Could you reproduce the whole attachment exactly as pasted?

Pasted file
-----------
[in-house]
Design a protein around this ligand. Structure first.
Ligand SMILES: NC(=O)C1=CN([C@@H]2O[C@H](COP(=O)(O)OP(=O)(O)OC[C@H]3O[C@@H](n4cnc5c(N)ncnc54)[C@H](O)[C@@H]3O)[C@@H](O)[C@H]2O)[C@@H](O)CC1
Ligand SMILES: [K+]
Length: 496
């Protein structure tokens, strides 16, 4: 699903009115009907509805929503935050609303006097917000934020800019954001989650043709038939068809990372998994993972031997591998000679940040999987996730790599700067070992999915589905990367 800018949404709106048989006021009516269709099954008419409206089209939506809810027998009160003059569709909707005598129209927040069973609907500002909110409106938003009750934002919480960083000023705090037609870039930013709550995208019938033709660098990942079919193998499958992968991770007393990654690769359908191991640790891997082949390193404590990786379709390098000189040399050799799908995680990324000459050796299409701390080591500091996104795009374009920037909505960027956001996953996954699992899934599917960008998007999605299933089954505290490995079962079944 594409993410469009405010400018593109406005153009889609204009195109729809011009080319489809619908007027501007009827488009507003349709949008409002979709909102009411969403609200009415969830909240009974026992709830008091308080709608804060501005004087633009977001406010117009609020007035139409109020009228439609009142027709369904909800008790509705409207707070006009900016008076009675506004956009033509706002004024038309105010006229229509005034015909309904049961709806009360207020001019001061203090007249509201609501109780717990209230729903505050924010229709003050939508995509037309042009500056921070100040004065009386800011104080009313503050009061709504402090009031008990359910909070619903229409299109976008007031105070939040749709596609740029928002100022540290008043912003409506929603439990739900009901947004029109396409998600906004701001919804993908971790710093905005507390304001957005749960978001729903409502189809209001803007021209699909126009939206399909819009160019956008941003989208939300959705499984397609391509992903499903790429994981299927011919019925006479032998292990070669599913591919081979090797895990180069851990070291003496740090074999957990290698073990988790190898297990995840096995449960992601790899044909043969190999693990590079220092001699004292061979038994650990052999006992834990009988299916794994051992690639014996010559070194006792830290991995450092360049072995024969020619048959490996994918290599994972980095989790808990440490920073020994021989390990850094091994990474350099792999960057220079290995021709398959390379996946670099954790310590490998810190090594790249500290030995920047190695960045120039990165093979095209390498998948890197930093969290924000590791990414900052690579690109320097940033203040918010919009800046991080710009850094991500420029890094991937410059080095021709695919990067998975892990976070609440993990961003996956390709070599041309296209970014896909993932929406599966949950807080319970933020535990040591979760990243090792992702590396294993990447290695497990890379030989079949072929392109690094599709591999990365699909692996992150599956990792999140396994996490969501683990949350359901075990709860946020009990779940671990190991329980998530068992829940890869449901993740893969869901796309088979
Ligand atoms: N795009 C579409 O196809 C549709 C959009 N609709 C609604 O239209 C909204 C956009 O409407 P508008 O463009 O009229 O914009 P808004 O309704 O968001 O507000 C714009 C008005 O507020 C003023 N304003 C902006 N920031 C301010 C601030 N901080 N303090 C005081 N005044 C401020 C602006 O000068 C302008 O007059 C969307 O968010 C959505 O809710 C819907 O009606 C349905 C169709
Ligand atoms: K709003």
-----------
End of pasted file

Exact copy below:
[in-house]
Design a protein around this ligand. Structure first.
Ligand SMILES: NC(=O)C1=CN([C@@H]2O[C@H](COP(=O)(O)OP(=O)(O)OC[C@H]3O[C@@H](n4cnc5c(N)ncnc54)[C@H](O)[C@@H]3O)[C@@H](O)[C@H]2O)[C@@H](O)CC1
Ligand SMILES: [K+]
Length: 496
């Protein structure tokens, strides 16, 4: 699903009115009907509805929503935050609303006097917000934020800019954001989650043709038939068809990372998994993972031997591998000679940040999987996730790599700067070992999915589905990367 800018949404709106048989006021009516269709099954008419409206089209939506809810027998009160003059569709909707005598129209927040069973609907500002909110409106938003009750934002919480960083000023705090037609870039930013709550995208019938033709660098990942079919193998499958992968991770007393990654690769359908191991640790891997082949390193404590990786379709390098000189040399050799799908995680990324000459050796299409701390080591500091996104795009374009920037909505960027956001996953996954699992899934599917960008998007999605299933089954505290490995079962079944 594409993410469009405010400018593109406005153009889609204009195109729809011009080319489809619908007027501007009827488009507003349709949008409002979709909102009411969403609200009415969830909240009974026992709830008091308080709608804060501005004087633009977001406010117009609020007035139409109020009228439609009142027709369904909800008790509705409207707070006009900016008076009675506004956009033509706002004024038309105010006229229509005034015909309904049961709806009360207020001019001061203090007249509201609501109780717990209230729903505050924010229709003050939508995509037309042009500056921070100040004065009386800011104080009313503050009061709504402090009031008990359910909070619903229409299109976008007031105070939040749709596609740029928002100022540290008043912003409506929603439990739900009901947004029109396409998600906004701001919804993908971790710093905005507390304001957005749960978001729903409502189809209001803007021209699909126009939206399909819009160019956008941003989208939300959705499984397609391509992903499903790429994981299927011919019925006479032998292990070669599913591919081979090797895990180069851990070291003496740090074999957990290698073990988790190898297990995840096995449960992601790899044909043969190999693990590079220092001699004292061979038994650990052999006992834990009988299916794994051992690639014996010559070194006792830290991995450092360049072995024969020619048959490996994918290599994972980095989790808990440490920073020994021989390990850094091994990474350099792999960057220079290995021709398959390379996946670099954790310590490998810190090594790249500290030995920047190695960045120039990165093979095209390498998948890197930093969290924000590791990414900052690579690109320097940033203040918010919009800046991080710009850094991500420029890094991937410059080095021709695919990067998975892990976070609440993990961003996956390709070599041309296209970014896909993932929406599966949950807080319970933020535990040591979760990243090792992702590396294993990447290695497990890379030989079949072929392109690094599709591999990365699909692996992150599956990792999140396994996490969501683990949350359901075990709860946020009990779940671990190991329980998530068992829940890869449901993740893969869901796309088979
Ligand atoms: N795009 C579409 O196809 C549709 C959009 N609709 C609604 O239209 C909204 C956009 O409407 P508008 O463009 O009229 O914009 P808004 O309704 O968001 O507000 C714009 C008005 O507020 C003023 N304003 C902006 N920031 C301010 C601030 N901080 N303090 C005081 N005044 C401020 C602006 O000068 C302008 O007059 C969307 O968010 C959505 O809710 C819907 O009606 C349905 C169709
Ligand atoms: K709003």